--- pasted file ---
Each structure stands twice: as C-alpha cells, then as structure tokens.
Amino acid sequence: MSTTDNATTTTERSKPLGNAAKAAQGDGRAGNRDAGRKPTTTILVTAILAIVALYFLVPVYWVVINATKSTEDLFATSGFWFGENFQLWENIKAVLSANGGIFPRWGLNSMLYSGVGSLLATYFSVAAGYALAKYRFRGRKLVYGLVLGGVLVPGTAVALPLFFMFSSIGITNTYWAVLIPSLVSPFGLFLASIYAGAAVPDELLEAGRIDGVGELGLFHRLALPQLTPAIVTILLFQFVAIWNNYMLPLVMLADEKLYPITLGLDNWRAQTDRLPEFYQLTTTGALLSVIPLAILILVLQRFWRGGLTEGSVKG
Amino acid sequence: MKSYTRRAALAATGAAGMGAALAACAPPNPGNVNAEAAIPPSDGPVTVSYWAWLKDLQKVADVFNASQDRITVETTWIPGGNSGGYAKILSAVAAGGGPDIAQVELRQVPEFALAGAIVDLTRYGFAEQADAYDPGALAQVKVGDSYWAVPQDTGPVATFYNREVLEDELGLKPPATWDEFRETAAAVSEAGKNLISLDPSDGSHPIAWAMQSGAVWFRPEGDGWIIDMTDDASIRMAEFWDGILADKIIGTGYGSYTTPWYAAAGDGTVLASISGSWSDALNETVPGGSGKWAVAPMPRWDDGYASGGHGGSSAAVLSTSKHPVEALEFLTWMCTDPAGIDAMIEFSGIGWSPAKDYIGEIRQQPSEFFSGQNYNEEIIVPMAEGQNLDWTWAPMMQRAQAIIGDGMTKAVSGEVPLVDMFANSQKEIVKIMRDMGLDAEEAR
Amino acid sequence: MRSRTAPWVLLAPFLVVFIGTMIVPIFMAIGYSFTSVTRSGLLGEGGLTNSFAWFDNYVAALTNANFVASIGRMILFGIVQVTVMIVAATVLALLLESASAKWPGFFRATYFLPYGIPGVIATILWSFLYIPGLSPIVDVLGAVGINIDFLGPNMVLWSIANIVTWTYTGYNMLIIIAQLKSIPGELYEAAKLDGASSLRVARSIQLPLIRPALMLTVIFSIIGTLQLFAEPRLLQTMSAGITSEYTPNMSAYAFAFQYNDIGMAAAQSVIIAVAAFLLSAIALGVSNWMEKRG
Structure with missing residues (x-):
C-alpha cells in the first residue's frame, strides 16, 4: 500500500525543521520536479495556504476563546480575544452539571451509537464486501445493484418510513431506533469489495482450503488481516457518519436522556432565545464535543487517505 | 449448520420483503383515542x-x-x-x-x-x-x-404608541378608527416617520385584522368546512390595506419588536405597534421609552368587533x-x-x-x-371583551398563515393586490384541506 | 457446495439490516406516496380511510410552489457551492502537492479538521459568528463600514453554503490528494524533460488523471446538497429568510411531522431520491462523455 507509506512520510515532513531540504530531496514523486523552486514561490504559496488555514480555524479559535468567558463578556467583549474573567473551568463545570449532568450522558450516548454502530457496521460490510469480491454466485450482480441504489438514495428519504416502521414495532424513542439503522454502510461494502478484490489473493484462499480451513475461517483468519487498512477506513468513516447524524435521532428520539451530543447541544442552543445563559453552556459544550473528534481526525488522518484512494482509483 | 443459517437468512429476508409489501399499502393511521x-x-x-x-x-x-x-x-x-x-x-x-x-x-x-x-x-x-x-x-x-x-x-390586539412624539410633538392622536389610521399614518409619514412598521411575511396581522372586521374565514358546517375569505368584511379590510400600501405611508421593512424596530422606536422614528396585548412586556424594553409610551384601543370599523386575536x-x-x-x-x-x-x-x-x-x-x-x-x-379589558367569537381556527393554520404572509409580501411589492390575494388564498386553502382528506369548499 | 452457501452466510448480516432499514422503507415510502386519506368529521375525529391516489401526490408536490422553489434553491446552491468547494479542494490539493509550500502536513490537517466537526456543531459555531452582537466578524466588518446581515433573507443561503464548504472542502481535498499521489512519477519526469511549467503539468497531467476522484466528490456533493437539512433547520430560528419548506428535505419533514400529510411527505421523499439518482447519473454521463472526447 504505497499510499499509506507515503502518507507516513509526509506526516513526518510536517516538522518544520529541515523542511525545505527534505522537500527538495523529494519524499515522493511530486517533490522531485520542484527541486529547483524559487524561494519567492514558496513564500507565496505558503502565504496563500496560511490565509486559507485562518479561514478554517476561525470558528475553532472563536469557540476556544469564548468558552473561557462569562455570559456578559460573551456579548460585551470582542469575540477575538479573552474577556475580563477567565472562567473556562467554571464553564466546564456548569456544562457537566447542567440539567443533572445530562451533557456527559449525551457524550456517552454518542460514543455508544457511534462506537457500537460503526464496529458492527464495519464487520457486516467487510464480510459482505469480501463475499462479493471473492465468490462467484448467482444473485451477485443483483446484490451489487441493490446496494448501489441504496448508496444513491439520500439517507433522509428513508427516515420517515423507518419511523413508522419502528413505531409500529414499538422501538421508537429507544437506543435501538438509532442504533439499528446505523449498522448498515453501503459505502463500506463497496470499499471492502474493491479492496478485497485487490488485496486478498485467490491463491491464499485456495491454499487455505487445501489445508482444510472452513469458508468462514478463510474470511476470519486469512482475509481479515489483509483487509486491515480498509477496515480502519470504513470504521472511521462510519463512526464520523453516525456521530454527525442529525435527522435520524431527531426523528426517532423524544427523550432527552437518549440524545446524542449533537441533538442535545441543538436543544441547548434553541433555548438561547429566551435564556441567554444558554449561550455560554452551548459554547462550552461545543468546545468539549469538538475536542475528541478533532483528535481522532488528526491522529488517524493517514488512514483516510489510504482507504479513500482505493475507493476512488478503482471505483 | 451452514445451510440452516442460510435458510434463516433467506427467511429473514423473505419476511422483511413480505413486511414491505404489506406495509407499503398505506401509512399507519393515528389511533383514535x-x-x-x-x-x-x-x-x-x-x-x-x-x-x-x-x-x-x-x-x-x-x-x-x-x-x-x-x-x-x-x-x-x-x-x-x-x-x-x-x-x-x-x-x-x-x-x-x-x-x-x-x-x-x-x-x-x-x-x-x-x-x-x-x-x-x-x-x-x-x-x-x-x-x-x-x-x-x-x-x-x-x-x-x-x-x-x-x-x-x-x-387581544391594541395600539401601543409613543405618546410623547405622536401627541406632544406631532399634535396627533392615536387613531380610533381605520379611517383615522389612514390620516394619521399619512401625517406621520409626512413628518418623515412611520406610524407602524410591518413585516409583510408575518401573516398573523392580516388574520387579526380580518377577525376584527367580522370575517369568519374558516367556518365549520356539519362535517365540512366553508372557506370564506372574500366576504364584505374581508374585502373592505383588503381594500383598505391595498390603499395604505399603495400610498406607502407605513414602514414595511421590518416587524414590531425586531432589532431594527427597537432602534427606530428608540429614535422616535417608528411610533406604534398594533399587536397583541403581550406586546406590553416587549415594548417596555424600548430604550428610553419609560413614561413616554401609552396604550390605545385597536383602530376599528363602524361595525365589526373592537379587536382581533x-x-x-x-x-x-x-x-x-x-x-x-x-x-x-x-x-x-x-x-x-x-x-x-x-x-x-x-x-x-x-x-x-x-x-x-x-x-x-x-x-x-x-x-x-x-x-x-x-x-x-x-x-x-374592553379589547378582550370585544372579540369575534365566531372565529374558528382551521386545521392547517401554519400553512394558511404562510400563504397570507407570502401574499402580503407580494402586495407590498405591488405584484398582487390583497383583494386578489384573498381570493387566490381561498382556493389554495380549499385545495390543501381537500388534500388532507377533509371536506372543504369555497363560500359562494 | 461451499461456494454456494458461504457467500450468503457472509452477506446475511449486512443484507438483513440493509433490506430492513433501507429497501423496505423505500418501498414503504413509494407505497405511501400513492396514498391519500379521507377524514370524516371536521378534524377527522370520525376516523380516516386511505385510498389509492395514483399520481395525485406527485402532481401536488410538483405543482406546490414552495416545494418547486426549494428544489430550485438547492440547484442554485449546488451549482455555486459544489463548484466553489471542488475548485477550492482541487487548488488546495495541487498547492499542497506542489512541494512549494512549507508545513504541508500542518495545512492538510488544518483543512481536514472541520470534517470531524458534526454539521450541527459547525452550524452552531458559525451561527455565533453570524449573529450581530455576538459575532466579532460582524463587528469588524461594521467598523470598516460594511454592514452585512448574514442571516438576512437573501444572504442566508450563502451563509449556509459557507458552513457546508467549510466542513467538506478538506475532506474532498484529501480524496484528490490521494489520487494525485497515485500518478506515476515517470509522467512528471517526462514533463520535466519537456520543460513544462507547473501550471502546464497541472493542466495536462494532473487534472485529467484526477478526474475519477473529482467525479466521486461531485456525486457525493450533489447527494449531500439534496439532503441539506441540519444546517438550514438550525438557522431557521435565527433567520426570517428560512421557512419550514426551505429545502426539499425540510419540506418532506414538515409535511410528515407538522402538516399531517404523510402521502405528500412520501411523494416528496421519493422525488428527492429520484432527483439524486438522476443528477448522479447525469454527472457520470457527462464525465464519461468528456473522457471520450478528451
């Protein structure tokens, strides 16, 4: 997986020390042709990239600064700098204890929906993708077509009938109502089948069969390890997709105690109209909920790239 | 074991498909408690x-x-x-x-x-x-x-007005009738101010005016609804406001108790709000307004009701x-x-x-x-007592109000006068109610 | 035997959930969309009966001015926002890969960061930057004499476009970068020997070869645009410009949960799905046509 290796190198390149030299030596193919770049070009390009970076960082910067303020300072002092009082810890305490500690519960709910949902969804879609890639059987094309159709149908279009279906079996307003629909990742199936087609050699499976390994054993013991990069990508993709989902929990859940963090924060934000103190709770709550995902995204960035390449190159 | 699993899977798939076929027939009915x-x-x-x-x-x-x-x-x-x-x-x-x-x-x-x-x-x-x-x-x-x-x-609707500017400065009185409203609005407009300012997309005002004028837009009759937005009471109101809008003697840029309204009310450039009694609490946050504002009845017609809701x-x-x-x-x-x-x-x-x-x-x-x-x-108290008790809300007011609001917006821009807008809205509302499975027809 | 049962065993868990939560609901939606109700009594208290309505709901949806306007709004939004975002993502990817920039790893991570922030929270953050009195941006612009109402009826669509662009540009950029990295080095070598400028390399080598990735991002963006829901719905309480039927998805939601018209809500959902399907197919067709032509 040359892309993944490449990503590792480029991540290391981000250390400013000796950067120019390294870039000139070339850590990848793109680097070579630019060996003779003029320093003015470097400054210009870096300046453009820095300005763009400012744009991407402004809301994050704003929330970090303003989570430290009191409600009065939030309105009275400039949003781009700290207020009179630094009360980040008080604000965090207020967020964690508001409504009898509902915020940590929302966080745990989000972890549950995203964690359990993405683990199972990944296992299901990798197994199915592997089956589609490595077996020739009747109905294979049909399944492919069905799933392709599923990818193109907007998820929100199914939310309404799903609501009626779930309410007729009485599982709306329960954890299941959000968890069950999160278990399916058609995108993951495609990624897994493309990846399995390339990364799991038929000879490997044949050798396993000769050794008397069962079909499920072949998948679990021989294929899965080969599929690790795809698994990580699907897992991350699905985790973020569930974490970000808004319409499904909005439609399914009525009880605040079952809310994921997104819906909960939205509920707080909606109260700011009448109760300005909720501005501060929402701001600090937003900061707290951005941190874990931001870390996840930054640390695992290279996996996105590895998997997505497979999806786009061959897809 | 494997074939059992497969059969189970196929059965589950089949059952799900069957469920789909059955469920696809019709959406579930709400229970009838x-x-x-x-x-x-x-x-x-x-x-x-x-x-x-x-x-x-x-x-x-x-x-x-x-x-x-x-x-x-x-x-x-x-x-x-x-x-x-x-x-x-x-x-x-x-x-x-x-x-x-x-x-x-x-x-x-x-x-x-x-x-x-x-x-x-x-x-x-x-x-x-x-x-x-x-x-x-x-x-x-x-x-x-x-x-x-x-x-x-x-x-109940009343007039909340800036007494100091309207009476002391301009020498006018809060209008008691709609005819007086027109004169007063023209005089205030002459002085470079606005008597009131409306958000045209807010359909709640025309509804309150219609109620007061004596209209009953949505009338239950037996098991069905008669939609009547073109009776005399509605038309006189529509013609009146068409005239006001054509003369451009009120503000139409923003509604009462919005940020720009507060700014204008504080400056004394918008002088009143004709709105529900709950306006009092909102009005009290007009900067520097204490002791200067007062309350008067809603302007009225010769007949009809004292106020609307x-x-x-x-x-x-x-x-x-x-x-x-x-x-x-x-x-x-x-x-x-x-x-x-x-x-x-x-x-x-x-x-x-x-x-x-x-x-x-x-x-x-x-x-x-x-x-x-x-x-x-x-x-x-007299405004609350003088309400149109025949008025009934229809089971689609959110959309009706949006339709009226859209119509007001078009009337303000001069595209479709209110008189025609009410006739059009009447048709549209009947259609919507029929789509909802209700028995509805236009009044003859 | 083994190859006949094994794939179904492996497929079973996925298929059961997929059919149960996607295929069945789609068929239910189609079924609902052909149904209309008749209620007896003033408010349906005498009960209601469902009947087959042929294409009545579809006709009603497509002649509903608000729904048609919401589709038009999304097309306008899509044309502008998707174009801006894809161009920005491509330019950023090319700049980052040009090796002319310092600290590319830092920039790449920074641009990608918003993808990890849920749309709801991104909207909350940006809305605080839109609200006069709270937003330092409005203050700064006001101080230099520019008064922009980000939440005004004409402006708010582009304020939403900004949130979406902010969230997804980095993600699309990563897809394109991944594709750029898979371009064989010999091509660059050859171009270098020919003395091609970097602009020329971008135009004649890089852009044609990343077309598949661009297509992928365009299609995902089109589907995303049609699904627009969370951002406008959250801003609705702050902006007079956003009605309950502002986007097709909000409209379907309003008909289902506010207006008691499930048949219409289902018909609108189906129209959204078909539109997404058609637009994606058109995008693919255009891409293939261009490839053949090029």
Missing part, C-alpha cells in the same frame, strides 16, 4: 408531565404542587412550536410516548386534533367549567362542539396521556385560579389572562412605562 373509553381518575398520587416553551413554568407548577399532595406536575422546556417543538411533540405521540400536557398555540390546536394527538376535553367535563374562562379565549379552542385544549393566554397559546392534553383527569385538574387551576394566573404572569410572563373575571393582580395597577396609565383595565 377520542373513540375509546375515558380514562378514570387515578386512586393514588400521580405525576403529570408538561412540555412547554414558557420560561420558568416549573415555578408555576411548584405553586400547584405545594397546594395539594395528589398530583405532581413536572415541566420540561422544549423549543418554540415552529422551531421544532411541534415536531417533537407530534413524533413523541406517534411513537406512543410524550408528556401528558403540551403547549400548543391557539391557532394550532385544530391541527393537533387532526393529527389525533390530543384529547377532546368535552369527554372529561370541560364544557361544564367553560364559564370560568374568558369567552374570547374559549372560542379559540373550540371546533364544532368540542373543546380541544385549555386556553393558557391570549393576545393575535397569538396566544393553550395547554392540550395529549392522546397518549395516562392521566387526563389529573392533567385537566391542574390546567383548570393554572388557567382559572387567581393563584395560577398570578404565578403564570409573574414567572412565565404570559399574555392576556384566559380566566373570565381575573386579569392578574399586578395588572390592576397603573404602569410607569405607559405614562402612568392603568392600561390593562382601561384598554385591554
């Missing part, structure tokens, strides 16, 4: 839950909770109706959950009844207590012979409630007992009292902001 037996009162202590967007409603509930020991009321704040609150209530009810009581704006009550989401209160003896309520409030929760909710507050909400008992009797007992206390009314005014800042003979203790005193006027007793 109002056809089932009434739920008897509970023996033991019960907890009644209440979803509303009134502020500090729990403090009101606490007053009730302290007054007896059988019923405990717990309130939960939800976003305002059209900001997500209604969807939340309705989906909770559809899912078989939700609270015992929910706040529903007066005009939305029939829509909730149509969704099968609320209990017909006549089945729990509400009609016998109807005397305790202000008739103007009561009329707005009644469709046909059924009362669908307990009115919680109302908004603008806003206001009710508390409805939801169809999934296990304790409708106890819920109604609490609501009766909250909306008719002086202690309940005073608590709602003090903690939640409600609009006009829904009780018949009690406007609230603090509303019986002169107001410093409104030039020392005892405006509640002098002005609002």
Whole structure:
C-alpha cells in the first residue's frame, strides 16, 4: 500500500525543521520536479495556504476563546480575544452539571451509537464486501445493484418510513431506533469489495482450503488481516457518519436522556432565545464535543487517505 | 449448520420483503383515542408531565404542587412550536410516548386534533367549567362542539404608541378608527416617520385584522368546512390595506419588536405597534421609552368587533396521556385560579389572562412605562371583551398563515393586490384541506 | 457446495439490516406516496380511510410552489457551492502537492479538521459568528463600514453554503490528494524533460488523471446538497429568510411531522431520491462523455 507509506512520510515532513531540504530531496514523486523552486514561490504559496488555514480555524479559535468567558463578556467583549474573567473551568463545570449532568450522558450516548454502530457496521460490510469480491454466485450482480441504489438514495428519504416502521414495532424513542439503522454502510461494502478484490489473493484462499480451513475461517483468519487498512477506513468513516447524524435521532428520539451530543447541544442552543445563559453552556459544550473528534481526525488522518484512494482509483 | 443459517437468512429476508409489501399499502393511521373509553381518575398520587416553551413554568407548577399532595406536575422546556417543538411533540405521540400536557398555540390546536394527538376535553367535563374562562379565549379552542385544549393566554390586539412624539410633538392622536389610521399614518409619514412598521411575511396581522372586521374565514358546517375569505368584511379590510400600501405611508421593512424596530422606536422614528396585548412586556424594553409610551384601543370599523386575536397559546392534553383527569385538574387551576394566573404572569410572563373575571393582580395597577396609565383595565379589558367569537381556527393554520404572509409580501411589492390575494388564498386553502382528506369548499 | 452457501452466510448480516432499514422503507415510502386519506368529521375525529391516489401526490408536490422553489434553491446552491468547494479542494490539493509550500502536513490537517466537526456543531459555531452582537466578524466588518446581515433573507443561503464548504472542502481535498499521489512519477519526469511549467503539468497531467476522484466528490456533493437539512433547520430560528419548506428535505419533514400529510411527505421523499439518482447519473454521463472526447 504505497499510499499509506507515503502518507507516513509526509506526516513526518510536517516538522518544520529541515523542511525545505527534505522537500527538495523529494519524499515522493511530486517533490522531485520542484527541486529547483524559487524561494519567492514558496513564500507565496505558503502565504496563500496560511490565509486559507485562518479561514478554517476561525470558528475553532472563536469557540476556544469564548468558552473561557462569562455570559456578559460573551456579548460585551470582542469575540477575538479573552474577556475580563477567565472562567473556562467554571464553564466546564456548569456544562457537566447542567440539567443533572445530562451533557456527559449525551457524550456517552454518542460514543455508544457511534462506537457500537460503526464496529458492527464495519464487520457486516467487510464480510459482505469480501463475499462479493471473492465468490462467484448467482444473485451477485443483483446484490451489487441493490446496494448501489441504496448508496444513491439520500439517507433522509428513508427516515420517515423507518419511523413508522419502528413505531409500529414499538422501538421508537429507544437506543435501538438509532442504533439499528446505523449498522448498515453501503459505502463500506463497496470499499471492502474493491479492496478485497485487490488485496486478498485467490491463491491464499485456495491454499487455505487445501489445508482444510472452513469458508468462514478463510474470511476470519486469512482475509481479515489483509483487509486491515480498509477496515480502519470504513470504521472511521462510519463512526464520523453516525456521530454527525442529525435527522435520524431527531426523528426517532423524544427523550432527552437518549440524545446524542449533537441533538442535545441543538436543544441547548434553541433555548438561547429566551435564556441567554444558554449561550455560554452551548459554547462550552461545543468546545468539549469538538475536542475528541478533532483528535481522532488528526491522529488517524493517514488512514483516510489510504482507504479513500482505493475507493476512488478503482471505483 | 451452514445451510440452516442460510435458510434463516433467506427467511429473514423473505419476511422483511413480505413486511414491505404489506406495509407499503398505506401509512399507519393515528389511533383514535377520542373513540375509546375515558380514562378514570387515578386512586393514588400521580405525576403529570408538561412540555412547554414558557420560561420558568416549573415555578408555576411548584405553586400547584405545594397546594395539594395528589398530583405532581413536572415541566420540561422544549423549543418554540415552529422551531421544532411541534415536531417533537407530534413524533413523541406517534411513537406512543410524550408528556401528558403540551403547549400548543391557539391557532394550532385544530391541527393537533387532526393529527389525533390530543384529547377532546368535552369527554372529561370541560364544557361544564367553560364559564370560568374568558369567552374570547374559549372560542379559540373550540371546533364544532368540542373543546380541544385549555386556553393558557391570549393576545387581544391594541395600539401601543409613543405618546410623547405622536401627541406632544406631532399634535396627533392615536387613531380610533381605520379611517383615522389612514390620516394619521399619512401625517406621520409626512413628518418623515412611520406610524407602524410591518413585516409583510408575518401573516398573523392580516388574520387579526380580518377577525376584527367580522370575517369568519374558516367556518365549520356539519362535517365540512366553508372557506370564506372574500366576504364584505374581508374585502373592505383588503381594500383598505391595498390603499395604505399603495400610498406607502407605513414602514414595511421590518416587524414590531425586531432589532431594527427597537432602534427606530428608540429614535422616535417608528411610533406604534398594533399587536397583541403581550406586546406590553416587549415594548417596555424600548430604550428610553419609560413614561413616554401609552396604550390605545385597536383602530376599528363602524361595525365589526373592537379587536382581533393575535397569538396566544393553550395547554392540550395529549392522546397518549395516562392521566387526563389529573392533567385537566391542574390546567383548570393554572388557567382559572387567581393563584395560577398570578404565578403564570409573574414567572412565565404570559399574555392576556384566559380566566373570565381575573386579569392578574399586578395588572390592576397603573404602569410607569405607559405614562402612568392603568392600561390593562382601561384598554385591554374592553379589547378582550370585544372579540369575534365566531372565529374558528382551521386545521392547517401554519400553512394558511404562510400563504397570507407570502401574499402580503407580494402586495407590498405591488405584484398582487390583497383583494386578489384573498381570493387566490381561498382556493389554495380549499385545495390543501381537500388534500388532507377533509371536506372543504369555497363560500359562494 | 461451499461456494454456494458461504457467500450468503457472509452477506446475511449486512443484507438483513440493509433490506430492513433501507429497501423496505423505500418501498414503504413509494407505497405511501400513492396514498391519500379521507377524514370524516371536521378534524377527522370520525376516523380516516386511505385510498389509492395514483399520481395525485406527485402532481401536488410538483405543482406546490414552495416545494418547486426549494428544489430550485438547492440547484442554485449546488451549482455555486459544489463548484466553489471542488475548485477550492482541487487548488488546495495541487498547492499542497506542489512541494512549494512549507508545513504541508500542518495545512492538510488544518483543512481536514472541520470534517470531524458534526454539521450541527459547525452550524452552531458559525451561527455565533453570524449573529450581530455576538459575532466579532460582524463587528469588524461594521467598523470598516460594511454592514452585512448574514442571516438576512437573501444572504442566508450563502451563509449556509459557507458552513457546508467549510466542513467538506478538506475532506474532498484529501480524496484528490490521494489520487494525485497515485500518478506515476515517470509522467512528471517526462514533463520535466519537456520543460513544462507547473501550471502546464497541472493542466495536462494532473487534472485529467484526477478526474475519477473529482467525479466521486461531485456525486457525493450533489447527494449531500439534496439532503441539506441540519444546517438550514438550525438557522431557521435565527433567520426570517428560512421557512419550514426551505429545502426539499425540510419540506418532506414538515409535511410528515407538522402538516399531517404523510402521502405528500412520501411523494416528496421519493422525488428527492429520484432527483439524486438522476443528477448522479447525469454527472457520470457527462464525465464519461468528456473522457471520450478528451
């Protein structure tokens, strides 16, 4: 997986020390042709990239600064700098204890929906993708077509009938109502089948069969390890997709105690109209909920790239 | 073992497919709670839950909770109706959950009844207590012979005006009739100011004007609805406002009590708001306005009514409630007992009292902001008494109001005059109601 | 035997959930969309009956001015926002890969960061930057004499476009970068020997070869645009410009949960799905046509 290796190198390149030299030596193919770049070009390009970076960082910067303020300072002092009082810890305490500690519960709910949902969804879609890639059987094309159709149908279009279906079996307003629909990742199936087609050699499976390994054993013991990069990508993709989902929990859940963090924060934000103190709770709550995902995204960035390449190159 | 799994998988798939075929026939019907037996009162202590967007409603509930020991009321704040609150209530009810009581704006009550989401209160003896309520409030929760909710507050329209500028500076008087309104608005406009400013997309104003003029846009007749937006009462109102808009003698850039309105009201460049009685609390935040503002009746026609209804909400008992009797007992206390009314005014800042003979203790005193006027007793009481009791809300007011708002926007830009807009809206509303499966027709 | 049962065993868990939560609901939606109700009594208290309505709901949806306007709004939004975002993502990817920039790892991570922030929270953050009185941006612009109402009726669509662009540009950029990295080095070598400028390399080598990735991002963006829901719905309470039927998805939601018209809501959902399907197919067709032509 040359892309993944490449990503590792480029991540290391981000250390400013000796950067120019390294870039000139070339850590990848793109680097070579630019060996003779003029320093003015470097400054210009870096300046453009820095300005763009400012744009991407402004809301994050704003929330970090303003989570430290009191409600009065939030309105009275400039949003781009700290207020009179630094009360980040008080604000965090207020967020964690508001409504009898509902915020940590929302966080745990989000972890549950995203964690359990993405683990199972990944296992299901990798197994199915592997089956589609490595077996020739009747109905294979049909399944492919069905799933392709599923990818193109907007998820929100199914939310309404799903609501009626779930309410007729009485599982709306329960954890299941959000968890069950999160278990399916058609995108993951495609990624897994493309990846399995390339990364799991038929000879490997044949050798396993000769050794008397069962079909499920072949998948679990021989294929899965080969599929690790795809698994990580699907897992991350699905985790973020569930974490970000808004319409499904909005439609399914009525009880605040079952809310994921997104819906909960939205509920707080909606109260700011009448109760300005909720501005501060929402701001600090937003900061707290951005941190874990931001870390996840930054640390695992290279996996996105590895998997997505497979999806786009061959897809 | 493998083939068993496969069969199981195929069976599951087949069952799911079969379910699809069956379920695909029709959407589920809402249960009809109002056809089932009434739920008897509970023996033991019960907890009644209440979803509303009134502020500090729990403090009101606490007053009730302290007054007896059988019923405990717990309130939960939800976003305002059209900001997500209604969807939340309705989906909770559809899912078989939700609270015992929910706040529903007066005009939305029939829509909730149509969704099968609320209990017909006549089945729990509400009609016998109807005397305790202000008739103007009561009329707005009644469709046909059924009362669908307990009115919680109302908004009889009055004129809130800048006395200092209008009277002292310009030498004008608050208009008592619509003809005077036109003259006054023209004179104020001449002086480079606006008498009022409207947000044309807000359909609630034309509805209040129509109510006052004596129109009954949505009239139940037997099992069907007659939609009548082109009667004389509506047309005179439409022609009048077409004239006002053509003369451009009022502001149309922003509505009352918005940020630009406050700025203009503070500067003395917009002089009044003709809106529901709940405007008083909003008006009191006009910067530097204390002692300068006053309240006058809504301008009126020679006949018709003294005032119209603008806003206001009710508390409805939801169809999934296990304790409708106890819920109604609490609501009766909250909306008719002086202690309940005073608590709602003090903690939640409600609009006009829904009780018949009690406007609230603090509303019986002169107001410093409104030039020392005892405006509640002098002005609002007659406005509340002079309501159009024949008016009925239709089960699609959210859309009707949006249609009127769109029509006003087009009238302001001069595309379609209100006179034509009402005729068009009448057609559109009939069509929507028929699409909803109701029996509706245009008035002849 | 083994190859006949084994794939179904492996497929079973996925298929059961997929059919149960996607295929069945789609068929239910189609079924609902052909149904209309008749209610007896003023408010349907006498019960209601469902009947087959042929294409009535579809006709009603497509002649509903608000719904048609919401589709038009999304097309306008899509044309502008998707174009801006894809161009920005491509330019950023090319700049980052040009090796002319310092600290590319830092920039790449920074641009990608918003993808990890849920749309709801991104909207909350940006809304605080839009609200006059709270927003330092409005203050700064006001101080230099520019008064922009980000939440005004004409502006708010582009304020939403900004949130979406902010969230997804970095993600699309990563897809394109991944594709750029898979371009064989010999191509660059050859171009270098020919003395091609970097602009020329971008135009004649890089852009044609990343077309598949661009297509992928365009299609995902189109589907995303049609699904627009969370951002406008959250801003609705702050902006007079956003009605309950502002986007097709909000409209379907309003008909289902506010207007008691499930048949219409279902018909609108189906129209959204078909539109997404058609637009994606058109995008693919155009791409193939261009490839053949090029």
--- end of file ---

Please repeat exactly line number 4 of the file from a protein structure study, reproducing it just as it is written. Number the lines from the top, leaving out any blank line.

Amino acid sequence: MRSRTAPWVLLAPFLVVFIGTMIVPIFMAIGYSFTSVTRSGLLGEGGLTNSFAWFDNYVAALTNANFVASIGRMILFGIVQVTVMIVAATVLALLLESASAKWPGFFRATYFLPYGIPGVIATILWSFLYIPGLSPIVDVLGAVGINIDFLGPNMVLWSIANIVTWTYTGYNMLIIIAQLKSIPGELYEAAKLDGASSLRVARSIQLPLIRPALMLTVIFSIIGTLQLFAEPRLLQTMSAGITSEYTPNMSAYAFAFQYNDIGMAAAQSVIIAVAAFLLSAIALGVSNWMEKRG